As India hopes to meet the target of 175 gigawatt (GW) renewable energy installation capacity by 2022, as part of its climate change mitigation plan, a misguided step may upset the whole scenario.
On February 1 this year, a Union government order exempted captive power plants (CPPs) from sharing the equal burden of the country’s green energy target.
These plants — which generate and supply power for specific projects — will not have to bear extra charges for renewable energy purchase obligations (RPOS). Higher RPOs are mandatory only in case of additional capacity addition in future.
When the NDA government came to power in 2014, it increased the previous target of 20,000 MW of solar energy to 175 GW of renewables.
To meet this target, the RPO target obligation has gone up to 22.5 per cent. However, CPPs have been pushing for relaxation.
As CPPs are significant, the government decision will affect India’s renewable energy target. The discoms will have to go up to 25 per cent approximately to meet India’s renewable target.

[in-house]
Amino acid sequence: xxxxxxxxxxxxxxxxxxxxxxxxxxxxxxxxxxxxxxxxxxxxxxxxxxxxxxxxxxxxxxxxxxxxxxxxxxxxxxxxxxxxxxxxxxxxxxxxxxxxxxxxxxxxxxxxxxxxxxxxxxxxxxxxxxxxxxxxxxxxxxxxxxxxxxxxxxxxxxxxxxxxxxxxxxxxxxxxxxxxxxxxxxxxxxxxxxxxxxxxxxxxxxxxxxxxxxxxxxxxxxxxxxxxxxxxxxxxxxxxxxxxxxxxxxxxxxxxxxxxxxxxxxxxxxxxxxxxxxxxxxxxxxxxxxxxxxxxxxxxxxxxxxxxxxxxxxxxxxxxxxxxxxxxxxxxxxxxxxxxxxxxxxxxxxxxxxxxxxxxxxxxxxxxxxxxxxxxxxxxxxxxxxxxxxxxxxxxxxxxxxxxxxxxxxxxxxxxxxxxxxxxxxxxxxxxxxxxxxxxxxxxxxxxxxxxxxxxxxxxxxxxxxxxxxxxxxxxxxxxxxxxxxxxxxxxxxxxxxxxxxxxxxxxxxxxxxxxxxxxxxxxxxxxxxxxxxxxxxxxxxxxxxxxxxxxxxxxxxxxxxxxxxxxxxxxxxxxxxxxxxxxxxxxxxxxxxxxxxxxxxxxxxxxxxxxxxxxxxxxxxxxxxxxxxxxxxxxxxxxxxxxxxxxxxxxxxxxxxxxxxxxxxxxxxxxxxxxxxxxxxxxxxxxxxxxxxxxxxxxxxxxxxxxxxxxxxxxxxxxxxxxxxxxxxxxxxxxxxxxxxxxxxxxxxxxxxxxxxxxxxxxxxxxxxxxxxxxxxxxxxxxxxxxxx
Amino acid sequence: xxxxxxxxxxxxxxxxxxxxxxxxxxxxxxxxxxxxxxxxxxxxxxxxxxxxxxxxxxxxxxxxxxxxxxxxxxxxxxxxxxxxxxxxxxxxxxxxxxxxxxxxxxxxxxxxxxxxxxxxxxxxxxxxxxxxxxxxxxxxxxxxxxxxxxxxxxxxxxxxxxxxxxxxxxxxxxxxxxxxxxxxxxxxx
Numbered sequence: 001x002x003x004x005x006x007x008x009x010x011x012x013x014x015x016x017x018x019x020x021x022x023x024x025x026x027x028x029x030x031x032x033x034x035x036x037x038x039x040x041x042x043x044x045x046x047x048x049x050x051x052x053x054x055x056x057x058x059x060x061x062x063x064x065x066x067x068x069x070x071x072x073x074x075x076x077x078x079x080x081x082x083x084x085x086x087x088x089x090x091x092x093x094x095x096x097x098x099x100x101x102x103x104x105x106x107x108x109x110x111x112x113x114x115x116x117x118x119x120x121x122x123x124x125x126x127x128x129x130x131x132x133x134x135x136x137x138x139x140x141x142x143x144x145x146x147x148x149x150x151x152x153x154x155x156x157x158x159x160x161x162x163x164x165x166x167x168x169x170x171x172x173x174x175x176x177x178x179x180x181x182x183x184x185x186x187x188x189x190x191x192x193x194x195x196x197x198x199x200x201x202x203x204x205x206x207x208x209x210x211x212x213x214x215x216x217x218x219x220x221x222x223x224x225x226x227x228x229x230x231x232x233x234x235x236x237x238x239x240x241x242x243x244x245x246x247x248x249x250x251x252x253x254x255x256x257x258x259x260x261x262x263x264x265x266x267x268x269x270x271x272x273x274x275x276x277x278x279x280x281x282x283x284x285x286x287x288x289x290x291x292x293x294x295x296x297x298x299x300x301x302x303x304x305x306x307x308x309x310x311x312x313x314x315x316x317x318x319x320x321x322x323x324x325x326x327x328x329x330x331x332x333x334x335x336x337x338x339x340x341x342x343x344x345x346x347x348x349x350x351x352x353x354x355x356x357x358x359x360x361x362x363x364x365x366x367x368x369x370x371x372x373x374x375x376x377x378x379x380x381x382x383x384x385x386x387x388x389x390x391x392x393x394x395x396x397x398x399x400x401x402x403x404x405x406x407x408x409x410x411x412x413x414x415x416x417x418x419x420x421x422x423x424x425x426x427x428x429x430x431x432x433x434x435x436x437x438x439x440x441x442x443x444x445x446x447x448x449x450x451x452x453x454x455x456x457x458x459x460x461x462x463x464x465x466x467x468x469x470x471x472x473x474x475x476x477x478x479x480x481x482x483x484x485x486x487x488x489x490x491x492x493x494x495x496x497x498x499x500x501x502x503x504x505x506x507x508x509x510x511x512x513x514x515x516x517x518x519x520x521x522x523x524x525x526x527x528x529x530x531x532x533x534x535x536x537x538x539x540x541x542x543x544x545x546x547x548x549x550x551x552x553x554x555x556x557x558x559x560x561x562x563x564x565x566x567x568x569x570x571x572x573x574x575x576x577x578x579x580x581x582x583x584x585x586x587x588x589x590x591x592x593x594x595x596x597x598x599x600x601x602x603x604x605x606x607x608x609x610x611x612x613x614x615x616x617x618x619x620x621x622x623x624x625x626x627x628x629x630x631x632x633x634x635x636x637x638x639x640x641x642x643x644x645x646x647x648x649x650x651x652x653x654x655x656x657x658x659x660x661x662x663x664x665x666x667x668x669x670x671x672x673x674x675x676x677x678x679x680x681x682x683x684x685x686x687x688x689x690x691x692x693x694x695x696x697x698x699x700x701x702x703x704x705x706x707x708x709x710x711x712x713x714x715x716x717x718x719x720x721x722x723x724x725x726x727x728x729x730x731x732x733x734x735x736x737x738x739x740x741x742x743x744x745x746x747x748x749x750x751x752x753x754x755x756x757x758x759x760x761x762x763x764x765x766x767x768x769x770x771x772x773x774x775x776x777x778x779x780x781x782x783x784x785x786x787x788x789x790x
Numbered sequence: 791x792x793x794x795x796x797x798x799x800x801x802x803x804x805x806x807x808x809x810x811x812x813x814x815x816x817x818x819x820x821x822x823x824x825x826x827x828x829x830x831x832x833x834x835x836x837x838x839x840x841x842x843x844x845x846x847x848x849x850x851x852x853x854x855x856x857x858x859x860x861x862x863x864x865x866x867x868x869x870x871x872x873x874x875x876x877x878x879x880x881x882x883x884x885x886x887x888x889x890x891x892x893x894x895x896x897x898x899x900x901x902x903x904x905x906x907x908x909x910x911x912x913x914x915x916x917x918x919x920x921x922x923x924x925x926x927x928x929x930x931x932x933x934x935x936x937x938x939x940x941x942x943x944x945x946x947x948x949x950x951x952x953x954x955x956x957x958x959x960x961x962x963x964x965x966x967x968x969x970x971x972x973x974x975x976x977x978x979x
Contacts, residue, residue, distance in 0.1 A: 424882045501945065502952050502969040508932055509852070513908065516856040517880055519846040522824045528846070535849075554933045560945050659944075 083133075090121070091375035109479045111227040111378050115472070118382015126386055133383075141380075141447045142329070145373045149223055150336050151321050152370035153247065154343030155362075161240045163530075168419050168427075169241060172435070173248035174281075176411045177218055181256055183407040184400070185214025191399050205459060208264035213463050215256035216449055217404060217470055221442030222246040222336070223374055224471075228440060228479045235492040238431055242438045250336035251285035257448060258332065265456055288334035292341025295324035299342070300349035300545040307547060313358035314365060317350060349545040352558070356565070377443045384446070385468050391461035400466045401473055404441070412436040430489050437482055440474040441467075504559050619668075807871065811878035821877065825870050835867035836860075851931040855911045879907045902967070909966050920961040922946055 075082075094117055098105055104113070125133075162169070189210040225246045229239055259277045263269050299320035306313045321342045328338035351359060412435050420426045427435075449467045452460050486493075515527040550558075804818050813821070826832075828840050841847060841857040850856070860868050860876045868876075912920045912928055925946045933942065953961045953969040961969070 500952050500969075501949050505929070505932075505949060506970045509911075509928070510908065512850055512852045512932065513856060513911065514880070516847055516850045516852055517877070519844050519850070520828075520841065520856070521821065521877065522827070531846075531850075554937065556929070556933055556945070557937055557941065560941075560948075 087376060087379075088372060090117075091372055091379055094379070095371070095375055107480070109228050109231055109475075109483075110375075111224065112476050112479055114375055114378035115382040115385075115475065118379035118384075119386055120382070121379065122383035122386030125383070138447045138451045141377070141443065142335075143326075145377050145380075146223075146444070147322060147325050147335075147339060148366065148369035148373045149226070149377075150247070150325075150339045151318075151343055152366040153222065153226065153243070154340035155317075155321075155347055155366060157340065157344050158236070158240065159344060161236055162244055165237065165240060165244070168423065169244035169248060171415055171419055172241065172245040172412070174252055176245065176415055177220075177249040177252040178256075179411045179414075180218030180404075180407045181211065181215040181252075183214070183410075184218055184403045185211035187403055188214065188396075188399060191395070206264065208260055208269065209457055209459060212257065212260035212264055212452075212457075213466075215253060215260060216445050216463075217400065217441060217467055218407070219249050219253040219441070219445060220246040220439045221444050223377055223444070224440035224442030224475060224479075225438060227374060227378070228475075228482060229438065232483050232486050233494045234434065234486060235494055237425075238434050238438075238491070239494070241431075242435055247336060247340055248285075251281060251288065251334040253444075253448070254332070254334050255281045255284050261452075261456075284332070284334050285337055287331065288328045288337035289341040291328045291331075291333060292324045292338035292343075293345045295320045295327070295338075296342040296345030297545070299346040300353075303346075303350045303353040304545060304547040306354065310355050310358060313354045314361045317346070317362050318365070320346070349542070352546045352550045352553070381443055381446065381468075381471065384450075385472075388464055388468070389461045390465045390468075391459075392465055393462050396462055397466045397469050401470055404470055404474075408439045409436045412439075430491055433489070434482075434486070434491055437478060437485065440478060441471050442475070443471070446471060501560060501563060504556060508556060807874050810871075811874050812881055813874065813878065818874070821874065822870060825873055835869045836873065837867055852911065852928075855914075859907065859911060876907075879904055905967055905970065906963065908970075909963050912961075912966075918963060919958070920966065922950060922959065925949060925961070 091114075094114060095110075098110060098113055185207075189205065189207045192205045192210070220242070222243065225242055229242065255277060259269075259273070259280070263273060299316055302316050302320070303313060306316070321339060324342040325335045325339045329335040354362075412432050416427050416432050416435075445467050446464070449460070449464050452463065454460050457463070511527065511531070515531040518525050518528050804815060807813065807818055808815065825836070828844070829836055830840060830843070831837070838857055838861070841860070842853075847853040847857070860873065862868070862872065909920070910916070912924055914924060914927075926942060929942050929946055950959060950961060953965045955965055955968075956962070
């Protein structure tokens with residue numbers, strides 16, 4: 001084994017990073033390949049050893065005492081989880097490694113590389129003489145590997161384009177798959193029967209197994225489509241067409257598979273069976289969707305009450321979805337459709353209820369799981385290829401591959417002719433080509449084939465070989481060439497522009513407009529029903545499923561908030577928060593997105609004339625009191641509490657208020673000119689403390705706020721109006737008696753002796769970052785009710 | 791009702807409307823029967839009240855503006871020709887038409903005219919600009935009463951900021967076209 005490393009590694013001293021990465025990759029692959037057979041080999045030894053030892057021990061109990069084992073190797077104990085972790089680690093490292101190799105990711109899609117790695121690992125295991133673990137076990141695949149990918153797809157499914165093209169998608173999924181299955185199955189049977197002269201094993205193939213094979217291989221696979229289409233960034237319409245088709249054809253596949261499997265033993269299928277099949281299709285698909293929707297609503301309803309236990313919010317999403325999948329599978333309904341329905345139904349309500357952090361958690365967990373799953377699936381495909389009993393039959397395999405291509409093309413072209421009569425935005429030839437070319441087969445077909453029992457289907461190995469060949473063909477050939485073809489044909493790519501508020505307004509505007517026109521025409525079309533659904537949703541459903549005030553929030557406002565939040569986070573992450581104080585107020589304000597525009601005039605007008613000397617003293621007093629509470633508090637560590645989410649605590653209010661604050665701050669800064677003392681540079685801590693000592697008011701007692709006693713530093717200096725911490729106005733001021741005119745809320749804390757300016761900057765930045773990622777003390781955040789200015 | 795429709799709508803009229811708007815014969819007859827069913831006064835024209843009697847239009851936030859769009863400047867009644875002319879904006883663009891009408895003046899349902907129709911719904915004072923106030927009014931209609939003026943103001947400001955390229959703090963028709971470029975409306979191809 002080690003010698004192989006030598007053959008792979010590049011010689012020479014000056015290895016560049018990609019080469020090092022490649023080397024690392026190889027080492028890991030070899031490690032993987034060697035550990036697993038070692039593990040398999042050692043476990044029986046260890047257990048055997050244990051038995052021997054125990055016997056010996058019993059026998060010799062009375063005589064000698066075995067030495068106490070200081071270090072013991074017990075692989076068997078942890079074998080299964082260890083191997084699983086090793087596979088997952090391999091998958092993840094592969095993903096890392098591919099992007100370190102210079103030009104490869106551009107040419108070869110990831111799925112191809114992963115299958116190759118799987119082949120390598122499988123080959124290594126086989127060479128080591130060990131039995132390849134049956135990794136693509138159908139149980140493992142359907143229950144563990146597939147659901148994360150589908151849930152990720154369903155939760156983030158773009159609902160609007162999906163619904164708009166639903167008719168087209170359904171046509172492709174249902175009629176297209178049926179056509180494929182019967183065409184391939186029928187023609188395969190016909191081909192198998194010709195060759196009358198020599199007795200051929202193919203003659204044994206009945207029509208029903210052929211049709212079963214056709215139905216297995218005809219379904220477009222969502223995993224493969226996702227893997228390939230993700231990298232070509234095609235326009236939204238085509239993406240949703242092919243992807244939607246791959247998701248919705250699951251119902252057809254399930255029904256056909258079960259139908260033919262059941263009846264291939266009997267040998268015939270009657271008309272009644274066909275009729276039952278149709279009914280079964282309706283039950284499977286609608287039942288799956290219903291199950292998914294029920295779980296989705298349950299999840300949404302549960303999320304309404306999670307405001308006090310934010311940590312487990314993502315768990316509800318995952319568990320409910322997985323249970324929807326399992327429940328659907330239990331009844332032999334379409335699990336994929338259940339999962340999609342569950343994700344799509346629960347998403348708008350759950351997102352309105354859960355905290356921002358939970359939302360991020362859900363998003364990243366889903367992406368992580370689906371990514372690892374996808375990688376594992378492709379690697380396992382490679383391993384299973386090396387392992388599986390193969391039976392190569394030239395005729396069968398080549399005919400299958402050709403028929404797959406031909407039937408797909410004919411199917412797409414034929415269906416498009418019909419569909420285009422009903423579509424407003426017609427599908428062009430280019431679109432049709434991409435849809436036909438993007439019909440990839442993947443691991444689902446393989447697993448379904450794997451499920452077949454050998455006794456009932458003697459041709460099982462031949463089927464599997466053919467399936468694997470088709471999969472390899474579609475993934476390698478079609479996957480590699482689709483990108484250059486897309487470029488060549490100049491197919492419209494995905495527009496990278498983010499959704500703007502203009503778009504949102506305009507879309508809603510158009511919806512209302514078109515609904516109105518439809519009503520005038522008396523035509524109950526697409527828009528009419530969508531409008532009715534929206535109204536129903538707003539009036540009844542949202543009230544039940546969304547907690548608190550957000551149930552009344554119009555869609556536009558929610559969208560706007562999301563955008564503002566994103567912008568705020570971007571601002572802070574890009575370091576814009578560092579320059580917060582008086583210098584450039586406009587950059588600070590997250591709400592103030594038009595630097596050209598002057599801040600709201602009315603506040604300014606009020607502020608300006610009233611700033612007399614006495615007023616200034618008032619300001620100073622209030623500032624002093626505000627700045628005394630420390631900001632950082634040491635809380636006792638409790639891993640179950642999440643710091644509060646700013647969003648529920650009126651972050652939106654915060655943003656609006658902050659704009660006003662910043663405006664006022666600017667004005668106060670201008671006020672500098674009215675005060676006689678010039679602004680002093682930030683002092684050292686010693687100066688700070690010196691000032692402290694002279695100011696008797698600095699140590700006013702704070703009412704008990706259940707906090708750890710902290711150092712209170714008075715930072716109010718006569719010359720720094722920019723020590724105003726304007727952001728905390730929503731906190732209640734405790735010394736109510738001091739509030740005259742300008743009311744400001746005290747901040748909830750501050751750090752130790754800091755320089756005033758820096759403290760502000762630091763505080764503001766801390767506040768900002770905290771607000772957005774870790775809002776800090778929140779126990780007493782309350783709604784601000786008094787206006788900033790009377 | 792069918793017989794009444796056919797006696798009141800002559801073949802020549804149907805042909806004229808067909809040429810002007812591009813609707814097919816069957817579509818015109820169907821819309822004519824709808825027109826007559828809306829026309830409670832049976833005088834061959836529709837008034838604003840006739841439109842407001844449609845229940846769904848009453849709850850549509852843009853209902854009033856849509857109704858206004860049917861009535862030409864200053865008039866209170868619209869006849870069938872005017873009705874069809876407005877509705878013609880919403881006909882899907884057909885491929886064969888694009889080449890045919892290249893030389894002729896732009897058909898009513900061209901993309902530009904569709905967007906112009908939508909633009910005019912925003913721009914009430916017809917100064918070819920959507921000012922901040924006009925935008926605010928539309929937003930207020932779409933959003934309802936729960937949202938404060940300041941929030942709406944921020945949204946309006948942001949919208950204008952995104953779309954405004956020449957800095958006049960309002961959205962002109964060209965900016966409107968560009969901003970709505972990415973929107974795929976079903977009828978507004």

In 2017-18, discoms purchased 61 per cent of the total REC while open-access consumers and CPPs purchased just 39 per cent of REC.
In January this year, Minister of State with independent charge for Power and New & Renewable Energy RK Singh stated in the Lok Sabha that 27 states and Union Territories have achieved less than 60 per cent RPO.
In such a scenario, relying on discoms and states will hurt India’s chance of achieving the renewable energy target.
There are two possibilities now: either India will not meet its target or the burden will fall on discoms.
Reference- Down To Earth, PIB release